Once the system was implemented, there was a flood of complaints. The Railways wanted to curb irregularities in the tatkal scheme but it also unwittingly, became one of the largest sources of customer data leak.
Traders, for instance, could have used the publicly displayed PAN for benami transactions or one where a fictitious name is used to trade. Direct marketing companies, it is said, started employing people to take photographs of railway reservation charts.
The names, age and identity proof numbers were then sorted based on clients they were sold to, mostly agents selling insurance, loans and other financial products. The price for one customer’s data could range from 50 paise to even ₹10, depending on whether they had been sorted through some specific filters or just put together as a large data dump, says an industry executive aware of such sales.
Data privacy in India, the executive added, was a concept few knew about a decade ago. Frighteningly, little is known still. “Our mobile numbers, addresses and email ids are all available in the market for a price,” he says.
Things appear to have taken a sharp turn for the worse now.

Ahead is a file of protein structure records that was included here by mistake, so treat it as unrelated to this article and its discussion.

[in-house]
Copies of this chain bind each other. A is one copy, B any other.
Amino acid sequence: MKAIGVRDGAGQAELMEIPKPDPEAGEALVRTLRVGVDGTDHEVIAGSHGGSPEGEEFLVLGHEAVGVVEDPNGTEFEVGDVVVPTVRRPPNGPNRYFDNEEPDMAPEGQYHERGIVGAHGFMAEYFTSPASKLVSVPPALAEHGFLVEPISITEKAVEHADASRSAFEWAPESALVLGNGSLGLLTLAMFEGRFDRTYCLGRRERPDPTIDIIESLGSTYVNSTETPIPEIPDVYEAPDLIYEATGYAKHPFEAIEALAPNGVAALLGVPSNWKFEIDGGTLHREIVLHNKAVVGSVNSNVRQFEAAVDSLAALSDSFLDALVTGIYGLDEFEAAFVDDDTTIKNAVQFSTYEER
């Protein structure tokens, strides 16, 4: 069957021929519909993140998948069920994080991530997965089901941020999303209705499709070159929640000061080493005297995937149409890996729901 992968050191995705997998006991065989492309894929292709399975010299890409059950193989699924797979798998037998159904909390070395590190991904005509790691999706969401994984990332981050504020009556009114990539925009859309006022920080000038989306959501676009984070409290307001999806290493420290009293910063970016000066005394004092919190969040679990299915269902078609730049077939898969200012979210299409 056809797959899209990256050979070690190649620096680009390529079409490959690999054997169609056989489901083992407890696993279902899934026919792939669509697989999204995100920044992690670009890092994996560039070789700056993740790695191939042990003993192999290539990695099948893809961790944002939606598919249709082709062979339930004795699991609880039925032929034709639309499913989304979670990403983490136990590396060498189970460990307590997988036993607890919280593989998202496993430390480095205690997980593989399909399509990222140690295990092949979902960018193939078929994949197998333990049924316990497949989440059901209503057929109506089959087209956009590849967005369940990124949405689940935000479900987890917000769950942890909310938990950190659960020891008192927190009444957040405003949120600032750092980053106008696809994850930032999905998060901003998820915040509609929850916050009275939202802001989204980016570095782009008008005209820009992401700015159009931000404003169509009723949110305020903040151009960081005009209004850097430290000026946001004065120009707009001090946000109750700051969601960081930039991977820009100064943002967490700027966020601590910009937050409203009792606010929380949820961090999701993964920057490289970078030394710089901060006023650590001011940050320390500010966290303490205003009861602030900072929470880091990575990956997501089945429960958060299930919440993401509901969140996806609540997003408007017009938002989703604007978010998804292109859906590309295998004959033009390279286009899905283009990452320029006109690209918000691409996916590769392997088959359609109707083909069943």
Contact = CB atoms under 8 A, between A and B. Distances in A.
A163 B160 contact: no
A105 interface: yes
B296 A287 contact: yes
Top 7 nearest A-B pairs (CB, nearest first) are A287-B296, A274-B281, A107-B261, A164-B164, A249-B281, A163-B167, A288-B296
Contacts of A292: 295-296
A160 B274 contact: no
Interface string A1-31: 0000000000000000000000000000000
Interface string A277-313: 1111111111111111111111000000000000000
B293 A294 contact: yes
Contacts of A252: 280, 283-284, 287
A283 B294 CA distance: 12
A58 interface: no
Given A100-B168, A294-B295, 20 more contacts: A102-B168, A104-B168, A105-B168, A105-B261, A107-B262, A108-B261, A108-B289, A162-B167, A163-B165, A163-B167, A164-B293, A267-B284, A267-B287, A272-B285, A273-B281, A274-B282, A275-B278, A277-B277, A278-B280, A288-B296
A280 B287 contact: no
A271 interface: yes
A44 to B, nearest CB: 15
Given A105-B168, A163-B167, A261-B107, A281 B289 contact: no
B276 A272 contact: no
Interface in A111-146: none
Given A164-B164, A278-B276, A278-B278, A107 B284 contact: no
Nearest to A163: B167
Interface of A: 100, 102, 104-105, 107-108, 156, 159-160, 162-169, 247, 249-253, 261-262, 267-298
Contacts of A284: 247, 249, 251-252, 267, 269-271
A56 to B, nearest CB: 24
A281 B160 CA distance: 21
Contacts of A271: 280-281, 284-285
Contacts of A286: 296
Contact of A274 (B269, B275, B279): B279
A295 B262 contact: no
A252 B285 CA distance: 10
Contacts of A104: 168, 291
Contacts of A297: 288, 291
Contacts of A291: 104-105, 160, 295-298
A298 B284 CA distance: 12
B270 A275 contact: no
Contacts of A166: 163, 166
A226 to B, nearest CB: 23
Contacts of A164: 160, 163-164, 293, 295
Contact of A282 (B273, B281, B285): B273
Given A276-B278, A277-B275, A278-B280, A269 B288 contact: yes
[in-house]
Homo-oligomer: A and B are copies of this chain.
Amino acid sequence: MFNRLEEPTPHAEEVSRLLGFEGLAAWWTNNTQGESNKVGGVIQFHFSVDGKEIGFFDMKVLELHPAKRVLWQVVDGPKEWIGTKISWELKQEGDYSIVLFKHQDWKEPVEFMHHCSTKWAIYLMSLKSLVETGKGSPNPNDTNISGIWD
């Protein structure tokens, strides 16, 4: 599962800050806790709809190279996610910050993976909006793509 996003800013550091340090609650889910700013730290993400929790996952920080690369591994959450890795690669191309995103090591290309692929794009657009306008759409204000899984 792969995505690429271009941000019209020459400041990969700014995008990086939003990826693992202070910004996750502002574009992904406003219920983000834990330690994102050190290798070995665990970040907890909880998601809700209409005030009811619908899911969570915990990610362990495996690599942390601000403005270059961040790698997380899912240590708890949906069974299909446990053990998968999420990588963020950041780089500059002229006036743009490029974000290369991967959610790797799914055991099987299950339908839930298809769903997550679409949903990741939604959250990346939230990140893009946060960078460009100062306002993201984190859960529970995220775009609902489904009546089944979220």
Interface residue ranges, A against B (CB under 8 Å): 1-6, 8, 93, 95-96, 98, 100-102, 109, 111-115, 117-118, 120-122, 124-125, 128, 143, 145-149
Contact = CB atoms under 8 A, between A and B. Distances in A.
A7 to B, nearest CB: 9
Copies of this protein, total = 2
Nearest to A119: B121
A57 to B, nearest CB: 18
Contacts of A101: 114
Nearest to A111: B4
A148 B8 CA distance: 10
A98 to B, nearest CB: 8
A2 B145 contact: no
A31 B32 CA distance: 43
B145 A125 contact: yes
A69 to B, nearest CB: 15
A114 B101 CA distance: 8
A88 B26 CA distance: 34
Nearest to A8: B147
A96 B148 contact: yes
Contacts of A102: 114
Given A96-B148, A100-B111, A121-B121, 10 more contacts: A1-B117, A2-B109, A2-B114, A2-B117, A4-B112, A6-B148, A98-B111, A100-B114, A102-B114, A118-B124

A decade ago, leaked data, by and large, were used by outbound call centres of various product and services companies for cold calling. Recent instances show that data breaches can cripple people’s finances or even the future prospects of availing financial products such as loans.
Not my loan
Earlier this year, hundreds took to social media platform Twitter. To their surprise, they found that their credit reports, from bureaus like Transunion Cibil, reflected loans they never took. The lender in these cases was Dhani Loans and Services Ltd, earlier known as Indiabulls Consumer Finance Ltd.
The loan details had their PAN numbers. However, the remaining credentials such as addresses, dates of birth and mobile numbers did not match.
32-year-old Ranjan Patel, a stock market trader from Gurugram, was one of those in for a shock. His credit score, a measure of one’s ability to pay back any loan, was down from 850 in May 2021 to 682 in February 2022. The cause for his misery: a mysterious ₹10,000 unpaid loan taken in his name from Dhani.
Patel got in touch with Moneylife Foundation, a non-governmental organization with journalists Sucheta Dalal and Debashis Basu as founding trustees. The organization promotes financial literacy and helped rectify the error.
“My score is gradually improving,” says Patel.
Although the exact number of such loans is unknown, the whole episode forced Dhani to slow down onboarding of new customers and focus on tightening its processes instead. The company also decided to write off these loans after verifying claims. In a statement last month, the lender’s spokesperson said it is speaking to all the complainants, establishing if there has been a case of identity theft. The company was also rectifying their records with the credit bureaus.